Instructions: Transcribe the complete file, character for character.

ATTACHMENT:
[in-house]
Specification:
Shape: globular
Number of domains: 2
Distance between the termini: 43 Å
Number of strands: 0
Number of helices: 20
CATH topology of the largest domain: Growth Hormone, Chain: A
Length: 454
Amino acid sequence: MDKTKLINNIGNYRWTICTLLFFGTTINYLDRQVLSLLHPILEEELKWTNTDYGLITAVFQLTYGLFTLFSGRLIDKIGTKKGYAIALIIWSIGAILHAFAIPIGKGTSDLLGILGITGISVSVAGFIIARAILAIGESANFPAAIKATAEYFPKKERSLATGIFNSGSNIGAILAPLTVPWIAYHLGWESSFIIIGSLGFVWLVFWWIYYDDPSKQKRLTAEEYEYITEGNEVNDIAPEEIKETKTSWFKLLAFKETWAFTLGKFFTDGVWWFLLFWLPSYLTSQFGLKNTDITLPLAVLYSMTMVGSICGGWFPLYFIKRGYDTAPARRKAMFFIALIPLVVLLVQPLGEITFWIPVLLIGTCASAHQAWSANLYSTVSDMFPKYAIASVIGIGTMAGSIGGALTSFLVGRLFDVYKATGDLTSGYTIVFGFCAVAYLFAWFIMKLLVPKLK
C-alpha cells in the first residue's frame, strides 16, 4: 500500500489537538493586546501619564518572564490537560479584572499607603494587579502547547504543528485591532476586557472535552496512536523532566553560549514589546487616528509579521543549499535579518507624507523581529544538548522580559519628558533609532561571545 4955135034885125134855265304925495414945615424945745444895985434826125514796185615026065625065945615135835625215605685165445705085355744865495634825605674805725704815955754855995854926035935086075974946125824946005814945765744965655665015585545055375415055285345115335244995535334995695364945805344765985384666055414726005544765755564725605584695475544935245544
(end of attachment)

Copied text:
[in-house]
Specification:
Shape: globular
Number of domains: 2
Distance between the termini: 43 Å
Number of strands: 0
Number of helices: 20
CATH topology of the largest domain: Growth Hormone, Chain: A
Length: 454
Amino acid sequence: MDKTKLINNIGNYRWTICTLLFFGTTINYLDRQVLSLLHPILEEELKWTNTDYGLITAVFQLTYGLFTLFSGRLIDKIGTKKGYAIALIIWSIGAILHAFAIPIGKGTSDLLGILGITGISVSVAGFIIARAILAIGESANFPAAIKATAEYFPKKERSLATGIFNSGSNIGAILAPLTVPWIAYHLGWESSFIIIGSLGFVWLVFWWIYYDDPSKQKRLTAEEYEYITEGNEVNDIAPEEIKETKTSWFKLLAFKETWAFTLGKFFTDGVWWFLLFWLPSYLTSQFGLKNTDITLPLAVLYSMTMVGSICGGWFPLYFIKRGYDTAPARRKAMFFIALIPLVVLLVQPLGEITFWIPVLLIGTCASAHQAWSANLYSTVSDMFPKYAIASVIGIGTMAGSIGGALTSFLVGRLFDVYKATGDLTSGYTIVFGFCAVAYLFAWFIMKLLVPKLK
C-alpha cells in the first residue's frame, strides 16, 4: 500500500489537538493586546501619564518572564490537560479584572499607603494587579502547547504543528485591532476586557472535552496512536523532566553560549514589546487616528509579521543549499535579518507624507523581529544538548522580559519628558533609532561571545 4955135034885125134855265304925495414945615424945745444895985434826125514796185615026065625065945615135835625215605685165445705085355744865495634825605674805725704815955754855995854926035935086075974946125824946005814945765744965655665015585545055375415055285345115335244995535334995695364945805344765985384666055414726005544765755564725605584695475544935245544